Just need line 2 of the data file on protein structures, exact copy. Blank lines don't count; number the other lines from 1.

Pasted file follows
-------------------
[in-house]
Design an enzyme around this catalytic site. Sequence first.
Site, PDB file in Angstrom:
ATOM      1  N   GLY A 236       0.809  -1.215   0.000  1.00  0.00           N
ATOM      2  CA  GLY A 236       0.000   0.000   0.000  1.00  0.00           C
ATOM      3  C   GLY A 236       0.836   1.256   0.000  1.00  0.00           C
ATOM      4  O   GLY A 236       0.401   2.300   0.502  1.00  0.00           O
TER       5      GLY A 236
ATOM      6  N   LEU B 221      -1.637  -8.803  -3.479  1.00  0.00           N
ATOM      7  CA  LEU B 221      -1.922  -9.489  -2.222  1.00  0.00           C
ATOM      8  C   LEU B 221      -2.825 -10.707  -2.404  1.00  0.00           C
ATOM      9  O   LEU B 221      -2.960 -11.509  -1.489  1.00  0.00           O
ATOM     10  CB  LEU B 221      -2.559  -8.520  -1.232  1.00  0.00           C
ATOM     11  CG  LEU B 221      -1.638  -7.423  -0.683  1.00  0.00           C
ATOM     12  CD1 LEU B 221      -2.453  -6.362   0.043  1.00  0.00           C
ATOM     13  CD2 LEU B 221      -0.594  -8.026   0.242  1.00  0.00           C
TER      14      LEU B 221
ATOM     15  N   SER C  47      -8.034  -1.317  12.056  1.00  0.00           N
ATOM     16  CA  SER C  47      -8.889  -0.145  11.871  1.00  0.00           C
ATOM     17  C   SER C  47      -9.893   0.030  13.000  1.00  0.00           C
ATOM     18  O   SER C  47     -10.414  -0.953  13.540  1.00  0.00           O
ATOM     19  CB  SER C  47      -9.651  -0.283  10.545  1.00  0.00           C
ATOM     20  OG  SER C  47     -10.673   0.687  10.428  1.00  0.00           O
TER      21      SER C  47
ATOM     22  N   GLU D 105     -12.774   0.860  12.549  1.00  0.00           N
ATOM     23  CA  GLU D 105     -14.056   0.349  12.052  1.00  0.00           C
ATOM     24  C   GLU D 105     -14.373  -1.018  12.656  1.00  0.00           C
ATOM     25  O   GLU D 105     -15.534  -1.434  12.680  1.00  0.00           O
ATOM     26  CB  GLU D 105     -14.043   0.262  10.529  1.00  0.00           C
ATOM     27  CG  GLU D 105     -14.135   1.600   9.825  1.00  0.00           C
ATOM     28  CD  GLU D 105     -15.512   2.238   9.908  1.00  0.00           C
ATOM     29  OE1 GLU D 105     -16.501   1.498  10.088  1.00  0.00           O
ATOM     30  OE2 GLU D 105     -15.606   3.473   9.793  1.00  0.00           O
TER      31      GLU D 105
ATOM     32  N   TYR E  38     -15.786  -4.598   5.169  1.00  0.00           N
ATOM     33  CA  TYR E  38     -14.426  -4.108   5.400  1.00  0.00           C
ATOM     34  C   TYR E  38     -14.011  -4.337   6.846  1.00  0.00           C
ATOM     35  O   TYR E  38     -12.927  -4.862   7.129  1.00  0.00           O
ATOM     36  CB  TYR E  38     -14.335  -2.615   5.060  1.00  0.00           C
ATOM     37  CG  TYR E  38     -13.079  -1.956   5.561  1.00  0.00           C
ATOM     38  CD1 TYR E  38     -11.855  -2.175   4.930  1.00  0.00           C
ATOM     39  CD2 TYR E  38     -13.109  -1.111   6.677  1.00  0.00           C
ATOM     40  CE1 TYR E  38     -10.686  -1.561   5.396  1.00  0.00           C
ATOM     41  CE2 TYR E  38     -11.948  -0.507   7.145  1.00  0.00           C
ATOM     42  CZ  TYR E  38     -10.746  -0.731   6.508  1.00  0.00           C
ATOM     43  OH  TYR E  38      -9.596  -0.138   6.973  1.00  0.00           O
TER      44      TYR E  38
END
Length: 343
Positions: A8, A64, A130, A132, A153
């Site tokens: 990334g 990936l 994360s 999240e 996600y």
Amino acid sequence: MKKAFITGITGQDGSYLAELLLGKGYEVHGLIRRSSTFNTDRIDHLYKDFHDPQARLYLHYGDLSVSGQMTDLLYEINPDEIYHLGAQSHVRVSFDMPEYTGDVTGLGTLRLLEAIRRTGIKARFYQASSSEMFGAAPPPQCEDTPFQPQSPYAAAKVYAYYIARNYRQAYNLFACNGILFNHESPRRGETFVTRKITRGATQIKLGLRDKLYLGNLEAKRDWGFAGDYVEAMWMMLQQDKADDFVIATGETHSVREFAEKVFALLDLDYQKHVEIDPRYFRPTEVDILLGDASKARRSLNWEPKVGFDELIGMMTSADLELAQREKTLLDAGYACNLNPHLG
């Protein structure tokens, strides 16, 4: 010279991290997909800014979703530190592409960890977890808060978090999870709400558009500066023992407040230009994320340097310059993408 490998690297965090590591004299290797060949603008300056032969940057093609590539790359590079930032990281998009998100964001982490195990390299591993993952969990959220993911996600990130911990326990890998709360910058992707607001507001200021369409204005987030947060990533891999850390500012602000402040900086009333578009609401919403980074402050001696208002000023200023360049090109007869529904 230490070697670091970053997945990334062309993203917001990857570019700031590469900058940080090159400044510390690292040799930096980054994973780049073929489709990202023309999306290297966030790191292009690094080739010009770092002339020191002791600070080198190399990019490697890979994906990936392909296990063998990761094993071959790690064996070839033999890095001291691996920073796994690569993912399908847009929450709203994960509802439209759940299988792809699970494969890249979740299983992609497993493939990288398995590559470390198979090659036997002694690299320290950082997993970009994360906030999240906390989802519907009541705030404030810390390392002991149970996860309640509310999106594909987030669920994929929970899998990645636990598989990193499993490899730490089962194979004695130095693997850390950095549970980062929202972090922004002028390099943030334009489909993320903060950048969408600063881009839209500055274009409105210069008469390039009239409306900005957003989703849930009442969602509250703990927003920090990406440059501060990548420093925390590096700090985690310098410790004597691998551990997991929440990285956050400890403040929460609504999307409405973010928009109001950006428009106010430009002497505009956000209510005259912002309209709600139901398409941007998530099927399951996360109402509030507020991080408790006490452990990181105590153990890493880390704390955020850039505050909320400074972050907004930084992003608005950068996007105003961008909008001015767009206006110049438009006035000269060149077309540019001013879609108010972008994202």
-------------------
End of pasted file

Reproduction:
Design an enzyme around this catalytic site. Sequence first.